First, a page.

But she said the reason why so many people like her come back year after year is because of the friendships made.
Heath is from Minnesota and makes the trip to the west coast of Newfoundland every year for the three-day camp. In 2002 she even sailed here as part of the Cabot 500 celebrations.
“We left our boat up at Port Saunders. I came from the far western end of Lake Superior to get here for rug camp … It took us about three months to get here,” said Heath.
“You don’t come to Newfoundland for the weather, but it’s absolutely beautiful right now. The people, the fun, the fellowship, the beauty of the place is all why I come. You make excellent friends. The friendship on Newfoundland can’t be beat,” said Heath.
Heath was not the only camp participant from south of the border. Sarah Hill has been attending the camp for five years with her mother from Arlington, Virginia.
“We absolutely love it. The people are so nice and the scenery is fantastic, much nicer than anything we have at home,” said Hill.
She said she appreciates the different levels and classes available at the camp.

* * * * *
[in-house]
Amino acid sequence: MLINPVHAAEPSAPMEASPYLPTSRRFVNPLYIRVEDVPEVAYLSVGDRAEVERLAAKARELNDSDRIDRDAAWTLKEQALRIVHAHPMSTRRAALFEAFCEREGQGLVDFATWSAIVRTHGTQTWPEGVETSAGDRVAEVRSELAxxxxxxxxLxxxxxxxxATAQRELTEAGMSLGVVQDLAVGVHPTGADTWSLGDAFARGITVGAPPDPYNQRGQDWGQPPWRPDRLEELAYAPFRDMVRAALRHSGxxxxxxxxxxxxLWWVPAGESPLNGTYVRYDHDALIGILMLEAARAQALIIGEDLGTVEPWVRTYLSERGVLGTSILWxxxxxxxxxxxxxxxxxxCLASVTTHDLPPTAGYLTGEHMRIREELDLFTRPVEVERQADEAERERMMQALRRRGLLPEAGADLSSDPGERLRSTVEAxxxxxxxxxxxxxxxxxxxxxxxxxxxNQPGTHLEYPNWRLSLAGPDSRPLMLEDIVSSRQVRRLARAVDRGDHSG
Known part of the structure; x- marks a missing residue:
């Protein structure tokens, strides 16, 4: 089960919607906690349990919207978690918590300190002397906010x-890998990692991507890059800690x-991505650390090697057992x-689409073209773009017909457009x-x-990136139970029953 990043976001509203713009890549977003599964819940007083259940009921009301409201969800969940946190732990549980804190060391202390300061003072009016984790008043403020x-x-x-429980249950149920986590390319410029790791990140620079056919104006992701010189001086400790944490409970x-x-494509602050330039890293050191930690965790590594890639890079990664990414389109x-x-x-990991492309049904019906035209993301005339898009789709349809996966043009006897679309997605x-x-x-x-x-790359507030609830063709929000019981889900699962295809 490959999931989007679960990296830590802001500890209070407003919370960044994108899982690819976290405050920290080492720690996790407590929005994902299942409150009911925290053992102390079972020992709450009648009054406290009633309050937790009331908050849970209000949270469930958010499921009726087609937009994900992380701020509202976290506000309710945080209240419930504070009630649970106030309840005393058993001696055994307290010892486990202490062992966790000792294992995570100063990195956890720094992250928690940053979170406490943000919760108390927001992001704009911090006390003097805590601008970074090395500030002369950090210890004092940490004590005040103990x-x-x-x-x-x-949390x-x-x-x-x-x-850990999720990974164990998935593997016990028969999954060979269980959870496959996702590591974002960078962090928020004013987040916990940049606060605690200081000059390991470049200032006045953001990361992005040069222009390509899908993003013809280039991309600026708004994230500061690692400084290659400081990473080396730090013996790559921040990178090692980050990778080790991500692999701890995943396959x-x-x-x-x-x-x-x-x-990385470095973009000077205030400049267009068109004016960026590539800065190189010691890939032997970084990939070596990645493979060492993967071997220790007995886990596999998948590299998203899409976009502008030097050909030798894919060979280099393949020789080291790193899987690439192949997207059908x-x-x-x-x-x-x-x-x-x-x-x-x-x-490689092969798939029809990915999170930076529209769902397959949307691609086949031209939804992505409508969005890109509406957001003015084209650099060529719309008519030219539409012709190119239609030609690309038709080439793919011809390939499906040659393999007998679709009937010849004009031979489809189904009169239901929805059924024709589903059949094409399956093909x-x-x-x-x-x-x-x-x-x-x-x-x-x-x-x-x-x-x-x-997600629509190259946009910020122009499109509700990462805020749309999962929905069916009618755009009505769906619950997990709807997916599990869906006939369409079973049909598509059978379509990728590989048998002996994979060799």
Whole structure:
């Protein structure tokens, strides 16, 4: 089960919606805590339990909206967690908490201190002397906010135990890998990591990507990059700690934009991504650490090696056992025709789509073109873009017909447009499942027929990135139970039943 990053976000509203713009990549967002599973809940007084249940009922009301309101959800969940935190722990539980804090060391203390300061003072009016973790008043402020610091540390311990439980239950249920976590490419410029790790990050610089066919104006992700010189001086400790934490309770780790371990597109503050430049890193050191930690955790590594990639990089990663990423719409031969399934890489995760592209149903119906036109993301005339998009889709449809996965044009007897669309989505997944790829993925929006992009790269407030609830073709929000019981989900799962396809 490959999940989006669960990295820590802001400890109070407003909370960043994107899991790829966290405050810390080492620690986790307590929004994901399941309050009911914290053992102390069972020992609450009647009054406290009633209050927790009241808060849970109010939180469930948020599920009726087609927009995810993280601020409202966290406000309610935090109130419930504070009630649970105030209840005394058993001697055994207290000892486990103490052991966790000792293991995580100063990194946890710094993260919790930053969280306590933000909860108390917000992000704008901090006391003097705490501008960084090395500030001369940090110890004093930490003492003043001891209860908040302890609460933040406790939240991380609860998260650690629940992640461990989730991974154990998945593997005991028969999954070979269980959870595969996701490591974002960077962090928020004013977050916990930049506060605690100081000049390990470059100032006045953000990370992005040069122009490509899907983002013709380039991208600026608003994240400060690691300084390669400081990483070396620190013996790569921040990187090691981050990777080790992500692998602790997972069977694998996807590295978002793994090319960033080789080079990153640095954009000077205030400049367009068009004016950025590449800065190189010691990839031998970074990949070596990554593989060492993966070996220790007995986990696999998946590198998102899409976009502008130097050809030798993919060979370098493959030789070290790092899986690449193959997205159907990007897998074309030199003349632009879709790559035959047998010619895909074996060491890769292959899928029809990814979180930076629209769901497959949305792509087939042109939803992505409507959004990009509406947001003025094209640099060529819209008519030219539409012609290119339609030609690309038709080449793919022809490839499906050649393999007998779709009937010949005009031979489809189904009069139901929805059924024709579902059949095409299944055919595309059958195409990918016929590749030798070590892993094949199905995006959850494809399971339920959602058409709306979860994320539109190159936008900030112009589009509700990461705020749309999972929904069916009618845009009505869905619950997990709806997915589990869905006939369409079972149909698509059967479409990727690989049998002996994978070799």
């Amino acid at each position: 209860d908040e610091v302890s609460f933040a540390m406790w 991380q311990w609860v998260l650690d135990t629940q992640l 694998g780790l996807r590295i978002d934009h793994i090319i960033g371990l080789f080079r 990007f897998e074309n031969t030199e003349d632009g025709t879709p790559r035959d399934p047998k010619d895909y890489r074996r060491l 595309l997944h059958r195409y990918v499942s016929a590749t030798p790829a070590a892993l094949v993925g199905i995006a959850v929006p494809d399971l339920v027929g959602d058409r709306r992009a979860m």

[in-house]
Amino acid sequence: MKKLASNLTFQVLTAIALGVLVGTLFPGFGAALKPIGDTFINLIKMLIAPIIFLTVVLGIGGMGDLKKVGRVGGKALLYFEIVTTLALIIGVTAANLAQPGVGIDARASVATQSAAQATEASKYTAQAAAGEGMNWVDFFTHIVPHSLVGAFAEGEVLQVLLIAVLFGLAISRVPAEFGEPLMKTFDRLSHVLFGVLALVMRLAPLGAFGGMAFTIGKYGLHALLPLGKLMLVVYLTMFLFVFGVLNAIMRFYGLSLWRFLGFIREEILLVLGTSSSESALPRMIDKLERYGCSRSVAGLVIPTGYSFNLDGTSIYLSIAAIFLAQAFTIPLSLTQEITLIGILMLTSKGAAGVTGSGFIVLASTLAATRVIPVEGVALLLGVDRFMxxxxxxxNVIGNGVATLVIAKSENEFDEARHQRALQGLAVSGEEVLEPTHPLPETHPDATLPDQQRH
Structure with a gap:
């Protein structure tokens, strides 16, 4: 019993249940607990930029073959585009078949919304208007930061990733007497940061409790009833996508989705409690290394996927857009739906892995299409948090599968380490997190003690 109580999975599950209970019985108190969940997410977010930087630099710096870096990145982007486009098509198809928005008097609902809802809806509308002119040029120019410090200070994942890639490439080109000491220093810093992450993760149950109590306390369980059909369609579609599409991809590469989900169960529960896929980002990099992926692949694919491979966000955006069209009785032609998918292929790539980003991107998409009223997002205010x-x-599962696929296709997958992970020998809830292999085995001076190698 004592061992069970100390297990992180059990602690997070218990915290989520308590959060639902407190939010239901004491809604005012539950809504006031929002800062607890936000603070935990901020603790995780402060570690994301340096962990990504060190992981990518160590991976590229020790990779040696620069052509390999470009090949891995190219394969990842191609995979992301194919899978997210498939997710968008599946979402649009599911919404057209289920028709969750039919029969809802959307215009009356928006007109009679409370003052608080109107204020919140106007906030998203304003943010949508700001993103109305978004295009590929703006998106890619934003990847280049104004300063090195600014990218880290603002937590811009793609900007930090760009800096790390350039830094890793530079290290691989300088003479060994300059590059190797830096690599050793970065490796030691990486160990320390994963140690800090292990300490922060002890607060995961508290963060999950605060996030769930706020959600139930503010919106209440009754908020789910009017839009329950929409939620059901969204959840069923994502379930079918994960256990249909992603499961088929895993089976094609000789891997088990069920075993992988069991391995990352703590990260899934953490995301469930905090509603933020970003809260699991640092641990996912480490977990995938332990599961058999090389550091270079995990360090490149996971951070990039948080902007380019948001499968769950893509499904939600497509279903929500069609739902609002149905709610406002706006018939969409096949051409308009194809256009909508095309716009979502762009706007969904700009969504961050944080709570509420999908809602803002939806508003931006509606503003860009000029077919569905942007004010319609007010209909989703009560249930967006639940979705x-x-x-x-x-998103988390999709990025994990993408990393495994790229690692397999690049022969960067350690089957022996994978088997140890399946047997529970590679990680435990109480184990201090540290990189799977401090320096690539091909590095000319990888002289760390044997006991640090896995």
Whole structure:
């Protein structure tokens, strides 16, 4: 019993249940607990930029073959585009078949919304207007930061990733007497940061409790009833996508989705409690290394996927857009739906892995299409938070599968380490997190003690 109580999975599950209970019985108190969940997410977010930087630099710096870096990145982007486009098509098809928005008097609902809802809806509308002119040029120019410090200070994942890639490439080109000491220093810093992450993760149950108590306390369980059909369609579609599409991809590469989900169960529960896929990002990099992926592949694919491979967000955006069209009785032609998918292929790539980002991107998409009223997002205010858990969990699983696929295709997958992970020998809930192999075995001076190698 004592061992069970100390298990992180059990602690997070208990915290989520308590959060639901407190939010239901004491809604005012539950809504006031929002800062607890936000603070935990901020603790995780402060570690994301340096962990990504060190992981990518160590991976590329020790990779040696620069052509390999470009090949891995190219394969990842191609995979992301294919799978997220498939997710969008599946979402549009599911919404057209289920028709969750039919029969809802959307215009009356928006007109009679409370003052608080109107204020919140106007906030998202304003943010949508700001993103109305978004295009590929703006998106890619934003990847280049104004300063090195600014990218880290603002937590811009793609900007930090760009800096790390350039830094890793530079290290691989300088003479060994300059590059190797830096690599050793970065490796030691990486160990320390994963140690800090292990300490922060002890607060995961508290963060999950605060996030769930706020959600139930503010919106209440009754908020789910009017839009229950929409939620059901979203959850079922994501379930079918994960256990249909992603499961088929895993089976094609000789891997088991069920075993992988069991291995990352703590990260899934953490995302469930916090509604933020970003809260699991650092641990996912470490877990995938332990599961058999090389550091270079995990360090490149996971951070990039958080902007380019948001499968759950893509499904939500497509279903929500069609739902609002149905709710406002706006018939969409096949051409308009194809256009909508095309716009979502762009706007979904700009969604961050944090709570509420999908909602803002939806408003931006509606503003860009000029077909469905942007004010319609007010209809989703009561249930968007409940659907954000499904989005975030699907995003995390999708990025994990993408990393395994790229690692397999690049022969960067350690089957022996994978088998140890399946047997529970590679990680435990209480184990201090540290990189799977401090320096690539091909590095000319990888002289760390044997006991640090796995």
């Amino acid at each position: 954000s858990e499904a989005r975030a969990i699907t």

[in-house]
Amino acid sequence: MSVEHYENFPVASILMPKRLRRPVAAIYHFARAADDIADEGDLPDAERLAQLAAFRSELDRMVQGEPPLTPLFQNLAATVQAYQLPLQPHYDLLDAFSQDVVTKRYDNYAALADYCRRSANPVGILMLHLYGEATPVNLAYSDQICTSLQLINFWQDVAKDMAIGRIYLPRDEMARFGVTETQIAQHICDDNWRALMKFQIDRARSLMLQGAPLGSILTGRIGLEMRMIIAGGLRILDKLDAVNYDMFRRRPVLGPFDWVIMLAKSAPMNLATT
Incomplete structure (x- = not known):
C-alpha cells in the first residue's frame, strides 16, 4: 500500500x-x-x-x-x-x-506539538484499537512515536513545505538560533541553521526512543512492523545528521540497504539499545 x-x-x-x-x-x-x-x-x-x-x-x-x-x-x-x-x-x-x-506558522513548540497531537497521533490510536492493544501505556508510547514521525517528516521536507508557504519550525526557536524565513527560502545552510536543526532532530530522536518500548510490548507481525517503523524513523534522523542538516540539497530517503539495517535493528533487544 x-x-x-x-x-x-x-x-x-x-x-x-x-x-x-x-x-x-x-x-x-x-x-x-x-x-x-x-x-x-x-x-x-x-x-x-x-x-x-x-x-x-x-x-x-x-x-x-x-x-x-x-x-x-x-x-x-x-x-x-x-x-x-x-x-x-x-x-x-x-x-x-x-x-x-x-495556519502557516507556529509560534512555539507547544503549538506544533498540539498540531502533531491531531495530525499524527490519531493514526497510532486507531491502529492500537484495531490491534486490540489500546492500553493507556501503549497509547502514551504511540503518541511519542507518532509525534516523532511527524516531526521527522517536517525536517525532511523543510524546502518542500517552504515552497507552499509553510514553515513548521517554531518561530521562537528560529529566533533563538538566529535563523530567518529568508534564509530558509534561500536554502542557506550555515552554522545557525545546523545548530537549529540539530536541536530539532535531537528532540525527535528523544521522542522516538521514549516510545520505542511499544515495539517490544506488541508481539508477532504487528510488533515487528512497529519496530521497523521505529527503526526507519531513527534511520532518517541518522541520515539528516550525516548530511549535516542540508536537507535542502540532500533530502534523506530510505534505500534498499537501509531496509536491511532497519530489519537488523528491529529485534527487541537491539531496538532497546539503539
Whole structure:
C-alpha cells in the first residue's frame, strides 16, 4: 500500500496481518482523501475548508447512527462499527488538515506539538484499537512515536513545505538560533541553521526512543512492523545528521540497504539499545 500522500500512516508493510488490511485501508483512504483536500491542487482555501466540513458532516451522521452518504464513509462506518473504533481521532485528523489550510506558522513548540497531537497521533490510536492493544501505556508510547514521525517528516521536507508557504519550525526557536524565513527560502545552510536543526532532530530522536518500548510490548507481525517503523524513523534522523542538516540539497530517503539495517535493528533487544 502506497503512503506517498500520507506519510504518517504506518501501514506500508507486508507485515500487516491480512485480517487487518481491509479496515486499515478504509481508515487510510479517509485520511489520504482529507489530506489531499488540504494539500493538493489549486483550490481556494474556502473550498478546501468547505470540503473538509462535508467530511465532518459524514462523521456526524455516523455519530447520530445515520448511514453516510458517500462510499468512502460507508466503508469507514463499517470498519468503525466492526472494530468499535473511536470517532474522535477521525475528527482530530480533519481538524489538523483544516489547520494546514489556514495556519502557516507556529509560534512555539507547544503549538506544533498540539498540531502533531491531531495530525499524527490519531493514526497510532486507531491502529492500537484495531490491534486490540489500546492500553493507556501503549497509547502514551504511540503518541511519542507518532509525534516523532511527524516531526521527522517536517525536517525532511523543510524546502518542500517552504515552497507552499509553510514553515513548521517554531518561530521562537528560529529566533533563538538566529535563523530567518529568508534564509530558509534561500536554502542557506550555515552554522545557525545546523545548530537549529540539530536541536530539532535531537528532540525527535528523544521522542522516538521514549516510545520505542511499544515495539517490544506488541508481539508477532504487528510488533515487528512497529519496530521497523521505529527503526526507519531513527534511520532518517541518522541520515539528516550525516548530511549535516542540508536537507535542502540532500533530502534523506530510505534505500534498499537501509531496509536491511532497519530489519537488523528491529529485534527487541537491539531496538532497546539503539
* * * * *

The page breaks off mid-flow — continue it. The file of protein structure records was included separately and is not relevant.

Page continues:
“It’s great because at the rug camp up here everyone does their own thing. Where we live, a lot of people buy kits and its not very original, they’re much more original up here,” she said.
One hundred and fifteen participants and teachers could be found in groups in rooms, cabins and the chapel hooking away the morning Friday at Killdevil Camp.
Each meeting place was clearly notified with the session or project name such as “animals,” “landscape” or “on your own” for some to sit back and relax without instructions.
Winnie Glavine, publicist with the guild, said the camp stated 15 years ago on Change Islands.
“We offer everything from beginner classes to advanced. You can show up not knowing anything about rug hooking and you’ll learn the basics skills. You will, with that, come away with a really nice hooked mat. And then we go right through to dying and advanced classes such as animal faces and portraits and landscapes,” said Glavine.
She said the participants work with and dye various fabrics including T-shirts, wool, yarn, velour and pantyhose.
“Anything that wont fray can be hooked into a mat,” she said.
She said there is a lot of variety in materials, colours, themes and projects going on during the school and a lot of talent being shown.
“Everyone is very studious and very interested in what they’re learning to do,” she said.
Members of the public were able to drop into the camp on Saturday to see the exhibition of finished hooked mats.